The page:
Range Rover Evoque Review

The little Landy that’s the talk of the town
By Shahzad Sheikh

We went to Jordan to drive the Evoque around town, along the motorway, and up the mountain.

Smallest Land Rover ever

The Evoque is 425mm shorter than a Range Rover Sport and is actually about the size of a Toyota RAV4. Whip out the measuring tape and you’ll find it’s only about 15cm longer and taller than a Volkswagen Golf and about 30cm wider. So it’s small, the smallest Range Rover ever in fact.

And the reason for its diminutive stature is obvious: ‘downsizing’ – the buzzword for modern motoring in the Western world. Sheer embarrassment at driving colossal symbols of conspicuous consumption, is being dressed up as burgeoning social awareness and an awakening consciousness of impending environmental calamity. Or rather owners are just fed up of green activists putting accusatory stickers on their cars.
Style statement

But in order to win over the haters it’s got to be a likeable car, and this is where Land Rover design director, Gerry McGovern, has achieved literally something of a small miracle. It may not be as big as its siblings but this Range Rover, viewed in person, has a meaty, butch stance. Seen head-on it has strong high cheekbones with an intense expression from its almost squinting eyes. From the rear too, the tall bodywork, the chunky fenders, tightly embedded taillights and low roofline ensure this remains a fittingly tough and serious looking piece of kit.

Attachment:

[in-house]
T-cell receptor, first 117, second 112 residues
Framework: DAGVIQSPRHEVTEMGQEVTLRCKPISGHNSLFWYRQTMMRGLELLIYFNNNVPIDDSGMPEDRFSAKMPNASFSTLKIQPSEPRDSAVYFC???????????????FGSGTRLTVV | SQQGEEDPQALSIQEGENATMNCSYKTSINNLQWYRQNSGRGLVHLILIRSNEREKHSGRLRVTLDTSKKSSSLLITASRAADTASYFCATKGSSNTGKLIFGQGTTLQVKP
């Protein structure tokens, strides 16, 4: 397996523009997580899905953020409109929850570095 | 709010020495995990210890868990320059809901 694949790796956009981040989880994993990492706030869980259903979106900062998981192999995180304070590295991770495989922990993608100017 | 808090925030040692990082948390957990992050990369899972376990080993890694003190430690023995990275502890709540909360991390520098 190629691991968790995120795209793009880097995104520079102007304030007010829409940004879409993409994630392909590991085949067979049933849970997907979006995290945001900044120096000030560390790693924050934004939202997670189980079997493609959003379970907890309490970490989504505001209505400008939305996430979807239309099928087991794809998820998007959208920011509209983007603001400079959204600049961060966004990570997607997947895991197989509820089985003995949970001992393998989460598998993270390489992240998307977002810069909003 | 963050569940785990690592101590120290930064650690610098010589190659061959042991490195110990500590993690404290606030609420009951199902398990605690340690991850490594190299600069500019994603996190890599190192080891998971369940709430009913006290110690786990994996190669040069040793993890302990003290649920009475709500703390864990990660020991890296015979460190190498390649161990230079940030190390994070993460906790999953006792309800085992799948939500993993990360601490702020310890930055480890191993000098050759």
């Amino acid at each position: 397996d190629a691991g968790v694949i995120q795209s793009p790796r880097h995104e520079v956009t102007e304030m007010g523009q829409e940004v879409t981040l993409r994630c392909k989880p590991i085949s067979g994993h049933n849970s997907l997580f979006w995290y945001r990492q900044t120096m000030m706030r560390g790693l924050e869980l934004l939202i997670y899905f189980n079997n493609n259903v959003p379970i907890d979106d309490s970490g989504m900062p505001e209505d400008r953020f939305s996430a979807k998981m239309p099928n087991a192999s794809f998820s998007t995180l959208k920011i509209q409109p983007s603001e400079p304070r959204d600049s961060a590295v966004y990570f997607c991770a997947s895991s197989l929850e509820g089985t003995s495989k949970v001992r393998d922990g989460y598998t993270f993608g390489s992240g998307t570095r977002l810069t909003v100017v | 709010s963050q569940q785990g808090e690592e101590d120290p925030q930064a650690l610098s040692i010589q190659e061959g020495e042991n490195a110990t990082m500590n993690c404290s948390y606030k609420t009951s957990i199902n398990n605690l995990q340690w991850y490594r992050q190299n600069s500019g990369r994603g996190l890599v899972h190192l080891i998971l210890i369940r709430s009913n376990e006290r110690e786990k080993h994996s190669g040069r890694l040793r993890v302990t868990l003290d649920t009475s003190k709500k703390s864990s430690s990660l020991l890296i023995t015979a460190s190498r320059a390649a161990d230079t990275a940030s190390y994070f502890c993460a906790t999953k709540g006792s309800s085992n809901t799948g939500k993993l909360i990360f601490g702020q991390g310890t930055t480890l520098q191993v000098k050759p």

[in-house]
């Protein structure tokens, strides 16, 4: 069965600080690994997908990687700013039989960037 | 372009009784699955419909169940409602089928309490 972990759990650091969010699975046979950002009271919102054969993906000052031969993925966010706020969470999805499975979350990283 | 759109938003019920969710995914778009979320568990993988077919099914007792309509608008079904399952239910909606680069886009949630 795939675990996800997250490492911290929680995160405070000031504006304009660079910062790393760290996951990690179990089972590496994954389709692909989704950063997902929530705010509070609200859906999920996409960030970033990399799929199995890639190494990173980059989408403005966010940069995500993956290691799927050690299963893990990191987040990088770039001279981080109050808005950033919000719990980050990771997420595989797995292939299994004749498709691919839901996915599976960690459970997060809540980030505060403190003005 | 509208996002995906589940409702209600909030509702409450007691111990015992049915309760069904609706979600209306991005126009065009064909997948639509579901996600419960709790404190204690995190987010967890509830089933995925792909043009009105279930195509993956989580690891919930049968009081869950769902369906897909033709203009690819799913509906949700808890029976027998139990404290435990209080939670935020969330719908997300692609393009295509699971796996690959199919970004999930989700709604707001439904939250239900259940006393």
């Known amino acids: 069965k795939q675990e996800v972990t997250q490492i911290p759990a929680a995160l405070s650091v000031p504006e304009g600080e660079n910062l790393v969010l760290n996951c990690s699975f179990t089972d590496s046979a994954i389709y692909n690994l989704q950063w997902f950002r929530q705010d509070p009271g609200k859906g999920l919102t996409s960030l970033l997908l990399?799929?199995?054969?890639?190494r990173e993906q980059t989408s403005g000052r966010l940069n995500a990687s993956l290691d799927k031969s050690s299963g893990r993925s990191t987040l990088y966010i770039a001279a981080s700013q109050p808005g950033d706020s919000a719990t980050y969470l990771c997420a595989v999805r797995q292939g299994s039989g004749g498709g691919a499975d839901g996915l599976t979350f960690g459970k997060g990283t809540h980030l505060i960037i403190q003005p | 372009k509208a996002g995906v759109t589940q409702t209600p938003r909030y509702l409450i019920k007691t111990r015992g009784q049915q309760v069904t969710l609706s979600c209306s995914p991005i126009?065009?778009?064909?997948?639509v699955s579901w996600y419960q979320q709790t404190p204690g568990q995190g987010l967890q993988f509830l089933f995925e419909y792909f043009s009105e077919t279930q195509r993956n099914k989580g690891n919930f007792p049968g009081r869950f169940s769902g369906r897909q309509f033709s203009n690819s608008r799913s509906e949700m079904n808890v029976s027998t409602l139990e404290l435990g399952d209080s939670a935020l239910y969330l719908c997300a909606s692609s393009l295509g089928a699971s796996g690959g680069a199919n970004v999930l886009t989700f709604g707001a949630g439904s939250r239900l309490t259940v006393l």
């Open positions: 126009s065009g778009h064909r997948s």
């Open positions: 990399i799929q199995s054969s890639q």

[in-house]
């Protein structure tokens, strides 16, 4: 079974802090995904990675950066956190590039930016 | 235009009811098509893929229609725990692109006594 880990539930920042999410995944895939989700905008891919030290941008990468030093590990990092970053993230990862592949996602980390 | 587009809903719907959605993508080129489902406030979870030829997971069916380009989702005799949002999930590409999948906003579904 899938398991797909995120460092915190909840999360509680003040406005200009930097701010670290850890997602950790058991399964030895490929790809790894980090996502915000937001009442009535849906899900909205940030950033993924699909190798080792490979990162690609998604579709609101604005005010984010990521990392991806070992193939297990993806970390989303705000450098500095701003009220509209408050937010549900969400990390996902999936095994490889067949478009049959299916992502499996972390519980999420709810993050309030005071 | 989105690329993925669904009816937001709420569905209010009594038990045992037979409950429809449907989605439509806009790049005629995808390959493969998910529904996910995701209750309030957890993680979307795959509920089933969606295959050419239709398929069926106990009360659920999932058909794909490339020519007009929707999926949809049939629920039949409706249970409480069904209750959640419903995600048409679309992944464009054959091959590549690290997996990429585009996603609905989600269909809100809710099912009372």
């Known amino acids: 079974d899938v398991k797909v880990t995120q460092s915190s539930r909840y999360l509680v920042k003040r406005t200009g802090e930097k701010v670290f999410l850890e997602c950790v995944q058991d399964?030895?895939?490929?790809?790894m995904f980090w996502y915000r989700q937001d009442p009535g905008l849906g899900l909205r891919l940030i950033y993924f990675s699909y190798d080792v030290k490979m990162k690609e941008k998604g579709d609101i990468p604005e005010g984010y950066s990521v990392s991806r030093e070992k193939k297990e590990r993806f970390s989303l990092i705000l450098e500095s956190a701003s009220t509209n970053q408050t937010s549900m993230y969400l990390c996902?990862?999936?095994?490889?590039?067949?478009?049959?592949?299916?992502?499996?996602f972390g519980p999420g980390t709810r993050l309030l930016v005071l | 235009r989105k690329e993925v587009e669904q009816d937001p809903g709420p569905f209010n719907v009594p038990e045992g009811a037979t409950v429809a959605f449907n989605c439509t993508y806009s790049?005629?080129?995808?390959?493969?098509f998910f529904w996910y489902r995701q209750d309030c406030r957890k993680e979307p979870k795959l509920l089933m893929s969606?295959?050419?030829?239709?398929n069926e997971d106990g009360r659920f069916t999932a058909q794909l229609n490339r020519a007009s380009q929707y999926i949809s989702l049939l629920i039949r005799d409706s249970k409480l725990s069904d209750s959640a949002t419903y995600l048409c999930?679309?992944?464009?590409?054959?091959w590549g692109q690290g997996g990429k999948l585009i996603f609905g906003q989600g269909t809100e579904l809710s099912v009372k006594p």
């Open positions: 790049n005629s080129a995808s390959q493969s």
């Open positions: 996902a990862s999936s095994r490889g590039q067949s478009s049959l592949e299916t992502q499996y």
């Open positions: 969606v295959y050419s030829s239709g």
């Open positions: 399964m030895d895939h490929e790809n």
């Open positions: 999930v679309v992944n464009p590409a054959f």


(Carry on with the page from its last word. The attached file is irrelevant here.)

What it isn’t though, and this is crucial, is aggressive or in-yer-face. It’s immensely likeable, dashing, handsome, and astonishingly futuristic in its overall lines with great details. And yet it manages to keep several distinctive Range Rover styling cues such as the clamshell bonnet, floating roof and the Range Rover script across the front of the bonnet. It also harks back to the classic Rangie which was originally offered only as a three-door. The Evoque is available in both three-door ‘coupe’ guises and a five-door version, though dimensions and weight are virtually identical on both cars.

Interior delights

Jump on board and you’re greeted by a visibly upmarket interior wrapped in finely stitched leather in a cabin majoring on executive-class luxury. The central console appears as if a beam jutting out of the dashboard and its construction again gives the impression of solidity. The only thing missing is a solid lever that you can yank into drive.

Despite the narrow glass area, it’s not that claustrophobic in here, not even in the back which boasts decent headroom despite the sloping roof. Having said there’s visibly less rear room in the coupe, despite the near-identical dimensions (there’s 50mm more shoulder room in the five-door). Plus of course it’s harder to get into the back. No such problems up front though, where each car is comfortable and provides a good seating position with a decent view over the bonnet – although it doesn’t quite have the lofty arm-chair appeal of traditional Land Rovers (you can barely get your elbow up onto the window sill never mind rest it there.